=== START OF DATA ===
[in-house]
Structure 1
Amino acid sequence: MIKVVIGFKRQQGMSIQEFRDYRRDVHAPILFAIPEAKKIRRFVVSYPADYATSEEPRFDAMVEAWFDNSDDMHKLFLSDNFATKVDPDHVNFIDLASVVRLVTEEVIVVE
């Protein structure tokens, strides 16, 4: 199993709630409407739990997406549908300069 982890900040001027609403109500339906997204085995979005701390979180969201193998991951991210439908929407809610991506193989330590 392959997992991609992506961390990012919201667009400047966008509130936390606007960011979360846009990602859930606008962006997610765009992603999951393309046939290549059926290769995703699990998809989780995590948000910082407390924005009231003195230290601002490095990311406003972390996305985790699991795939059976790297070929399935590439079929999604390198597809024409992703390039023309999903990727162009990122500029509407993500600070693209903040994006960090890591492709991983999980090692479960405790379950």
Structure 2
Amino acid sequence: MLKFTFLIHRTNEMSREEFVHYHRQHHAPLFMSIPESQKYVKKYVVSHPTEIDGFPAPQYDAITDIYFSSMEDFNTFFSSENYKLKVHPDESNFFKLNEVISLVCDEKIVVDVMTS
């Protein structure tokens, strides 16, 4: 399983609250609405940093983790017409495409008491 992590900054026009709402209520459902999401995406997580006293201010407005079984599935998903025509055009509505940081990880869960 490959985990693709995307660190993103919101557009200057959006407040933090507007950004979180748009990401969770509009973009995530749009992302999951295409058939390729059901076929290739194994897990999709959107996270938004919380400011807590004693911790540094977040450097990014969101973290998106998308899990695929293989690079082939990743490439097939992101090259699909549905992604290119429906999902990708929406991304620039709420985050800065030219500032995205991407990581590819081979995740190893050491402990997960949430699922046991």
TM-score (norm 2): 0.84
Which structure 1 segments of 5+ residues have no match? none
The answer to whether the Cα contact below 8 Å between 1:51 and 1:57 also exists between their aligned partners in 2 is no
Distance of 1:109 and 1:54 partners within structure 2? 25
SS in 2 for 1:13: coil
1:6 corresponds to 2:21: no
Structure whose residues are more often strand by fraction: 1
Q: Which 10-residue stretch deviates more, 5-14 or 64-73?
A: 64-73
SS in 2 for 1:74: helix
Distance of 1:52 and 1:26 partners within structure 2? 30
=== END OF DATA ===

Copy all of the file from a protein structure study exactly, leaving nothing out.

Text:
[in-house]
Structure 1
Amino acid sequence: MIKVVIGFKRQQGMSIQEFRDYRRDVHAPILFAIPEAKKIRRFVVSYPADYATSEEPRFDAMVEAWFDNSDDMHKLFLSDNFATKVDPDHVNFIDLASVVRLVTEEVIVVE
């Protein structure tokens, strides 16, 4: 199993709630409407739990997406549908300069 982890900040001027609403109500339906997204085995979005701390979180969201193998991951991210439908929407809610991506193989330590 392959997992991609992506961390990012919201667009400047966008509130936390606007960011979360846009990602859930606008962006997610765009992603999951393309046939290549059926290769995703699990998809989780995590948000910082407390924005009231003195230290601002490095990311406003972390996305985790699991795939059976790297070929399935590439079929999604390198597809024409992703390039023309999903990727162009990122500029509407993500600070693209903040994006960090890591492709991983999980090692479960405790379950």
Structure 2
Amino acid sequence: MLKFTFLIHRTNEMSREEFVHYHRQHHAPLFMSIPESQKYVKKYVVSHPTEIDGFPAPQYDAITDIYFSSMEDFNTFFSSENYKLKVHPDESNFFKLNEVISLVCDEKIVVDVMTS
């Protein structure tokens, strides 16, 4: 399983609250609405940093983790017409495409008491 992590900054026009709402209520459902999401995406997580006293201010407005079984599935998903025509055009509505940081990880869960 490959985990693709995307660190993103919101557009200057959006407040933090507007950004979180748009990401969770509009973009995530749009992302999951295409058939390729059901076929290739194994897990999709959107996270938004919380400011807590004693911790540094977040450097990014969101973290998106998308899990695929293989690079082939990743490439097939992101090259699909549905992604290119429906999902990708929406991304620039709420985050800065030219500032995205991407990581590819081979995740190893050491402990997960949430699922046991």
TM-score (norm 2): 0.84
Which structure 1 segments of 5+ residues have no match? none
The answer to whether the Cα contact below 8 Å between 1:51 and 1:57 also exists between their aligned partners in 2 is no
Distance of 1:109 and 1:54 partners within structure 2? 25
SS in 2 for 1:13: coil
1:6 corresponds to 2:21: no
Structure whose residues are more often strand by fraction: 1
Q: Which 10-residue stretch deviates more, 5-14 or 64-73?
A: 64-73
SS in 2 for 1:74: helix
Distance of 1:52 and 1:26 partners within structure 2? 30